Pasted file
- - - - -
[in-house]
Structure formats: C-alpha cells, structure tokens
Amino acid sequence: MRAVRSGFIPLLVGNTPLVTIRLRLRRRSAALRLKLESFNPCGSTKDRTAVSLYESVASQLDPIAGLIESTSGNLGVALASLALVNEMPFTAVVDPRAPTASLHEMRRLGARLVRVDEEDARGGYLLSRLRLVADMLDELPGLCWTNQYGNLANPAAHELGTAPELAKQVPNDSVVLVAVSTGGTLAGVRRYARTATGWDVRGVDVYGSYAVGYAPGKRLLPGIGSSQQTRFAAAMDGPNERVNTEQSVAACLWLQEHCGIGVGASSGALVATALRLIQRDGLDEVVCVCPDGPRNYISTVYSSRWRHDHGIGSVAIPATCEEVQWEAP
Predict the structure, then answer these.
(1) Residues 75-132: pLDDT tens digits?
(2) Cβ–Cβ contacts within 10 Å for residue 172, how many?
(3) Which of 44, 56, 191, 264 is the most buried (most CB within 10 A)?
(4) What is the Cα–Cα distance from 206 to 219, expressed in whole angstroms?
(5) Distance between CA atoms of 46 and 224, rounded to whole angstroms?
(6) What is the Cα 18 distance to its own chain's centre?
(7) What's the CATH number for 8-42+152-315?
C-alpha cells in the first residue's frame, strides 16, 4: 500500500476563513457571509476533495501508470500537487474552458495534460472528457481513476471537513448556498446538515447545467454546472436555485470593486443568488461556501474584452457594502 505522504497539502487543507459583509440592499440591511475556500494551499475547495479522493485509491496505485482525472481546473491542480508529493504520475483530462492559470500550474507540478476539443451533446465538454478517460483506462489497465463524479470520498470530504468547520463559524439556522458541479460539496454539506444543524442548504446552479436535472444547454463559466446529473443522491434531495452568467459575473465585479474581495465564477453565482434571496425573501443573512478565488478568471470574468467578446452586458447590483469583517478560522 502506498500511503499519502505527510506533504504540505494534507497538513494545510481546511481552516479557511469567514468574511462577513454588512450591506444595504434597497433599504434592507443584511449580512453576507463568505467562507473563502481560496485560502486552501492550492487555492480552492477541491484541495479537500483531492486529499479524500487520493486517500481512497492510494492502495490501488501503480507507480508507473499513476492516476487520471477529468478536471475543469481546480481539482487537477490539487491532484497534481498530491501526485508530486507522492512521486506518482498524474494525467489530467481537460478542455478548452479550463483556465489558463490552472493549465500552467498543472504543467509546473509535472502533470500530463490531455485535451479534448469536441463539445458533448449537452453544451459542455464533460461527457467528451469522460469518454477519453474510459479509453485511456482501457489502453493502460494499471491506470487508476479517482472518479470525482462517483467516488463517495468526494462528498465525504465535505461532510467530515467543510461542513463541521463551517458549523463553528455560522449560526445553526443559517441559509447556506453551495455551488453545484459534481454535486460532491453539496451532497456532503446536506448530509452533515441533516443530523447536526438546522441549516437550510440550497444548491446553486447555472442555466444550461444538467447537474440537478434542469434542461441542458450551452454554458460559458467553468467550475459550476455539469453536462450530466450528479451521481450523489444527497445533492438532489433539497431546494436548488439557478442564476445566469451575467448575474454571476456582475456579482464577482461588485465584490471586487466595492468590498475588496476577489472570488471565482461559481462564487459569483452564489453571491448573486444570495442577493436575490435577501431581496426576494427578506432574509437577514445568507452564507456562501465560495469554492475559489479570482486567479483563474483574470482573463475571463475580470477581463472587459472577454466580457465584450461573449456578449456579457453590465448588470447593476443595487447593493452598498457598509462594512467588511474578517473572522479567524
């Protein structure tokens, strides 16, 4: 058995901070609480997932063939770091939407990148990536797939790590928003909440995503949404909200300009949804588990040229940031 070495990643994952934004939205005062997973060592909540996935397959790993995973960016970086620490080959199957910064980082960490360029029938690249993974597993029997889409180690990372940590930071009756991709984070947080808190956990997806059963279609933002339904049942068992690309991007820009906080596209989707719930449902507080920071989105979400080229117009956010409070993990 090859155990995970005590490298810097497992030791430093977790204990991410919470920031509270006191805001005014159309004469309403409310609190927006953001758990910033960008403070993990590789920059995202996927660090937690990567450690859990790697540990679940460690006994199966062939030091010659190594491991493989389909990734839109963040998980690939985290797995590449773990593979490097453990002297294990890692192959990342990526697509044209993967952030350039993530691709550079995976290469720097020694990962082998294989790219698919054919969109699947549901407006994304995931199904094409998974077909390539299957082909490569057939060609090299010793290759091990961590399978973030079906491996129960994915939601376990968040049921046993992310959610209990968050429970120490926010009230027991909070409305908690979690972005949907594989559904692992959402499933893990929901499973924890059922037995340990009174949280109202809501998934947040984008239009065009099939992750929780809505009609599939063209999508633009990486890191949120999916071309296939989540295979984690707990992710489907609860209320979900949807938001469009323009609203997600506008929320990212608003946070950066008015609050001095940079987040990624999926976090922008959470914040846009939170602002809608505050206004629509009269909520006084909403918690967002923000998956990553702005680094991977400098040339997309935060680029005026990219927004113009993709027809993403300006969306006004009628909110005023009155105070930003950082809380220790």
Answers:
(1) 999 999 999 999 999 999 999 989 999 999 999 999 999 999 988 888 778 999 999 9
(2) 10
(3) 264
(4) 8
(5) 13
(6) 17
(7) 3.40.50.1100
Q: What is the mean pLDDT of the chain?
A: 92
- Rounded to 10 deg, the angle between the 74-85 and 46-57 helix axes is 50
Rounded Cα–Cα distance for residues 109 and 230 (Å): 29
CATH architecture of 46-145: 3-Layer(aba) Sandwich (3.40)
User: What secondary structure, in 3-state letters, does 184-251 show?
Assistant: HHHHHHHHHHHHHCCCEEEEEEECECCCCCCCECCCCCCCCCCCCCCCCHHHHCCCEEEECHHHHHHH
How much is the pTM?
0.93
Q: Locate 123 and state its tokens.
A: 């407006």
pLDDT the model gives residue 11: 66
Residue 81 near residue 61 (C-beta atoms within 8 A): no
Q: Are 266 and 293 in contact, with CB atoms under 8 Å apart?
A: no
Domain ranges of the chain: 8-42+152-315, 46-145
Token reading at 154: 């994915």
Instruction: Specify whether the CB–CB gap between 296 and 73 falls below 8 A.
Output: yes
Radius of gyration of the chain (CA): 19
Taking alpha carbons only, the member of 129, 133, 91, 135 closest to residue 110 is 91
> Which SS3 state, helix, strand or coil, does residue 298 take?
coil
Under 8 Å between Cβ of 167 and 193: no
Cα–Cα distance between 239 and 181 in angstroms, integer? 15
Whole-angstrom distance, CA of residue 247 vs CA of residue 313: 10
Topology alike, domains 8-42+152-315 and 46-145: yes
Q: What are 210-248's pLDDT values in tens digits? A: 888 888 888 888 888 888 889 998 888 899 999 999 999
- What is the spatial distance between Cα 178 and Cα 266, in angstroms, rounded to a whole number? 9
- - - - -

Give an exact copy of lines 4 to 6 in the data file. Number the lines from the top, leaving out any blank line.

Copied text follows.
Predict the structure, then answer these.
(1) Residues 75-132: pLDDT tens digits?
(2) Cβ–Cβ contacts within 10 Å for residue 172, how many?